tag : bright yellow-green apples: the tree of life

"I see little point in persisting in a discussion with one so obstinate as you" Martin White

Sunday, June 27, 2004

the tree of life

Whilest I'm particulalry struck by the potency of nature in late spring, there's still a great deal of vigor as I walk through the woods on my way. This isn't just to the eyes, most people will say that they find nature relaxing, that there's some kind of connect. I found this in my dissertation, people showed posative reactions to green plants in reduced stress and improved emotions. We seem to need nature, and in particular plants, for our wellbeing as well as for the utilitarian stuff.

And yet we're aparently so bent of it's destruction. Only this morning the news announced a new report by plantlife detailing the dramatic loss of many of our native species, even once common buttercups and poppys lost to our complacency. And we're all complicit, not just those directly concerned like the beleagered farmers and large food producers. The supposedly enlightened taming of nature, built on post-christian notions of modernity, rational order, and progreess is rapidly driving down a blind ally.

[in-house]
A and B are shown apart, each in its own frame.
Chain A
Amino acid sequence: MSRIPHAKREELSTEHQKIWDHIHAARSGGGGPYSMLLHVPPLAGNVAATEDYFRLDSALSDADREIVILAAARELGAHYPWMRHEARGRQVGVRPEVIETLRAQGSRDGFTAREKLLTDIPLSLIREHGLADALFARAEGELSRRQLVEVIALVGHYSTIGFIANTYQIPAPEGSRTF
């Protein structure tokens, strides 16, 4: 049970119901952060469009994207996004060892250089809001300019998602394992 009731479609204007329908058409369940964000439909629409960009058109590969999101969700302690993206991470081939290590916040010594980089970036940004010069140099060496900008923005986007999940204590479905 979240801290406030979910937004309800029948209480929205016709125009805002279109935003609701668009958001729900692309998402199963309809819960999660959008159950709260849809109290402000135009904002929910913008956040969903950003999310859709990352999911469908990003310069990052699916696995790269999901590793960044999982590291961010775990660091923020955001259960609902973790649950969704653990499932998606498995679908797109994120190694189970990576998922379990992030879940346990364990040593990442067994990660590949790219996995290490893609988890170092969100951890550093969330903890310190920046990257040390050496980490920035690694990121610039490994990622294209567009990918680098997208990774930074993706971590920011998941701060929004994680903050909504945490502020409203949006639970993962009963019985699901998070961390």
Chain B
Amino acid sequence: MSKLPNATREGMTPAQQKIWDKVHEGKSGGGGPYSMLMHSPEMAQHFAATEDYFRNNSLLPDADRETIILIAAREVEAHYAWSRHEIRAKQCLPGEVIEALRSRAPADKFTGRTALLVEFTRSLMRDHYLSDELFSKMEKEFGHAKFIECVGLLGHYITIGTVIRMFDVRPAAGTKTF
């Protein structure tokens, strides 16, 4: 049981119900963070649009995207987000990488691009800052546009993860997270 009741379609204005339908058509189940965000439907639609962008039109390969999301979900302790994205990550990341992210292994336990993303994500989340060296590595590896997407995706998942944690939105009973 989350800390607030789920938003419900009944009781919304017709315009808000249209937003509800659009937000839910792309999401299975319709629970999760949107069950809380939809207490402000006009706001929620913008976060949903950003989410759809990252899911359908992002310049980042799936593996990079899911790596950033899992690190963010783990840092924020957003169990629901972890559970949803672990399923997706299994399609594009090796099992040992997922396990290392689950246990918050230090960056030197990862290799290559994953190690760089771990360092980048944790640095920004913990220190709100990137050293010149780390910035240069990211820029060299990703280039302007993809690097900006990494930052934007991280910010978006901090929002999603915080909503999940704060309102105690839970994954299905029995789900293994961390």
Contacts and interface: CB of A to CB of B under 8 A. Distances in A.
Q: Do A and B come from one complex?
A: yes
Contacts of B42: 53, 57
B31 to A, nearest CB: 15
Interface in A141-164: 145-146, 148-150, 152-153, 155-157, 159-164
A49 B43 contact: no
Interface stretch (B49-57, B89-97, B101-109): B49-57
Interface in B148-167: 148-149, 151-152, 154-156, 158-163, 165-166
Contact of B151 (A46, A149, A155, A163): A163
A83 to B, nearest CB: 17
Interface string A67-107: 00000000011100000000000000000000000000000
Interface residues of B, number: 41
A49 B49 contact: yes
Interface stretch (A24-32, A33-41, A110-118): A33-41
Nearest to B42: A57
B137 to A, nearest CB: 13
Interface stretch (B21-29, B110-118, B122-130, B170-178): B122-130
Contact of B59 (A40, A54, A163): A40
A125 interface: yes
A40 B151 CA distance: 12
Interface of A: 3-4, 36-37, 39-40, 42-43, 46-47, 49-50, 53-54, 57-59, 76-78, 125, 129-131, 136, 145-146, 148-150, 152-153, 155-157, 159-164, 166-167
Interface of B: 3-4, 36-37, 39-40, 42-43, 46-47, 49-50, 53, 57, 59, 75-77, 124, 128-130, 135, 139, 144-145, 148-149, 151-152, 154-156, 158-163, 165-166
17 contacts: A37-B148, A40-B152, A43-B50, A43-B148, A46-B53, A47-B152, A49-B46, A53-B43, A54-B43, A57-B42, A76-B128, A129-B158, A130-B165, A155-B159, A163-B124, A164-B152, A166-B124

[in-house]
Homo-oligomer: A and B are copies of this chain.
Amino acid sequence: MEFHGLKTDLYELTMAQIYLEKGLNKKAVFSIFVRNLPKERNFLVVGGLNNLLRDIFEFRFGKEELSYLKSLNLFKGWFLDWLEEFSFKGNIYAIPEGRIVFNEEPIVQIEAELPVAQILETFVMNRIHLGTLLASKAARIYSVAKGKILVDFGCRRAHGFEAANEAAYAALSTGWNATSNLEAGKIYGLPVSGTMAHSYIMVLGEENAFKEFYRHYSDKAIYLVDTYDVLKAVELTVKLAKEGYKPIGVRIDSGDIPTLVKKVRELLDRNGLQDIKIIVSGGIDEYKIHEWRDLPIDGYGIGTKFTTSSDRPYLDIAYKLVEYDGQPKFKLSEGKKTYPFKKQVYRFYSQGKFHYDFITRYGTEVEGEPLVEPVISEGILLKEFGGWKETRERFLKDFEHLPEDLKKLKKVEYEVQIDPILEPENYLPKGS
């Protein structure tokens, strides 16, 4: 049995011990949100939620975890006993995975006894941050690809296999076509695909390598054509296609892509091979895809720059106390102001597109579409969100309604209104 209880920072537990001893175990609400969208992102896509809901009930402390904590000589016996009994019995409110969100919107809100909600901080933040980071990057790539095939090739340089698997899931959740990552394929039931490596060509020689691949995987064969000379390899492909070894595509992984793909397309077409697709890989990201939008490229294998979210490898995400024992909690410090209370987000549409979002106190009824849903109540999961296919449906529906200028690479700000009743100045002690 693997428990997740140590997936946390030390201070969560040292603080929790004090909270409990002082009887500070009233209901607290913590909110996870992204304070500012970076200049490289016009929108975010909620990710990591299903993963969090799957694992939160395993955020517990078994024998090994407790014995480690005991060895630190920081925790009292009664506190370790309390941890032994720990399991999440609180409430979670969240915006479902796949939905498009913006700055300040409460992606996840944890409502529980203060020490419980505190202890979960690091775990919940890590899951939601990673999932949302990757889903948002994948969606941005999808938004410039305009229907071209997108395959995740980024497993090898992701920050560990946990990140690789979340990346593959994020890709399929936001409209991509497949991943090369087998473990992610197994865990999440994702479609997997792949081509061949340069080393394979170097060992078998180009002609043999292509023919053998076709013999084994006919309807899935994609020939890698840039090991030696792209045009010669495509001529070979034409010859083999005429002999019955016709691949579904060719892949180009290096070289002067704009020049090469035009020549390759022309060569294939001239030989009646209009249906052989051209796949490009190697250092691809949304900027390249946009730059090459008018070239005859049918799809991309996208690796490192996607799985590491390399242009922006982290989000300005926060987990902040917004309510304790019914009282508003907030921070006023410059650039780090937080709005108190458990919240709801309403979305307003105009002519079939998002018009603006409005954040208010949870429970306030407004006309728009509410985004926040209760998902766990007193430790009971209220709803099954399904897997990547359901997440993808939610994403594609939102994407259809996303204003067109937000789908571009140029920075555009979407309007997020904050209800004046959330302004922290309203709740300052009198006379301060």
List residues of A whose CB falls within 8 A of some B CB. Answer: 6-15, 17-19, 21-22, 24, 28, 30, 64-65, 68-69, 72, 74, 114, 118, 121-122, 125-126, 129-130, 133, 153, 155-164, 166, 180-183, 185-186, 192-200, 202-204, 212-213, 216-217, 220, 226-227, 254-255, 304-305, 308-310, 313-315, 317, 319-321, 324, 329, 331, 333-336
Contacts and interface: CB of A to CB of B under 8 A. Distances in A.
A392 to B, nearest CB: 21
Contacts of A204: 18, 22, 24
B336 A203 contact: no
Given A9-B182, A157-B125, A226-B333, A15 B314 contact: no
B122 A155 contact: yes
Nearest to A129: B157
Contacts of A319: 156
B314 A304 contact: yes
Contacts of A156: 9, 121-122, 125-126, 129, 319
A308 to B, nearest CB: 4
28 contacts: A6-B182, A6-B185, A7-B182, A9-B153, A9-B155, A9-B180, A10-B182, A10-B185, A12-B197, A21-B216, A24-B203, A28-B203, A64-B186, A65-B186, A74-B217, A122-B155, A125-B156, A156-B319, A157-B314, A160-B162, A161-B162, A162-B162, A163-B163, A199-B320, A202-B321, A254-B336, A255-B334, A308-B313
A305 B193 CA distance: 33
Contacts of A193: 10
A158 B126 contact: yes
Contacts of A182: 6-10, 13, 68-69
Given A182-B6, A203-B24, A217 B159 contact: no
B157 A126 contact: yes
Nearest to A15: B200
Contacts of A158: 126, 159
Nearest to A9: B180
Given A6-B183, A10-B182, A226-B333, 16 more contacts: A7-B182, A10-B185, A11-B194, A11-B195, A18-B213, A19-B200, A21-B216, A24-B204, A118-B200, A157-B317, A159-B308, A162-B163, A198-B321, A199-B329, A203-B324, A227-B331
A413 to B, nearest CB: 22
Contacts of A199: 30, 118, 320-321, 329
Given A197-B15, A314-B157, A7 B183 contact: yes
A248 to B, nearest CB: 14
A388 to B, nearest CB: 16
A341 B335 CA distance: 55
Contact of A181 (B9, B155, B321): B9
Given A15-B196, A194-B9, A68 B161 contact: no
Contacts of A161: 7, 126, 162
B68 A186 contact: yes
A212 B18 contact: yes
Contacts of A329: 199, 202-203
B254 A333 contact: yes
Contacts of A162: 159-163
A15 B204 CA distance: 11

Christianity has it's own responsability, but we people of Christ seem to be strangely reluctent to embrace a shift in view in responce to the failings of what has prevailed for so long. It might take the witness of the current neo pagan revival to stimulate a comparable widespread popular theology of nature, to move on from domination to stewerdship. The idea of souls plucked from a doomed earth to an etheral heaven hasn't helped much either. But still, after talking to my housemate about the joys and frustrations of our two faiths, I'm hopeful that some reapproachment is possible. It's started with recycling and the like, a first step in practice. Yeah the divine liveth in creation, the transfiguration surely demonstrates the wonders of the incarnation. So it's about time we saw the face of Christ, the tangible expression of the transcendent ground of our being that is God, in the Ash tree as much as in our human neighbour. We owe it to the rest of creation as much as our fellow people on this little earth.

God in the woods and hills? The metaphorical tree of life allready around us? Is this idolatry? Maybe, but I'm willing to take that risk.

silver cirle
bbc religion and ethics pagan message board

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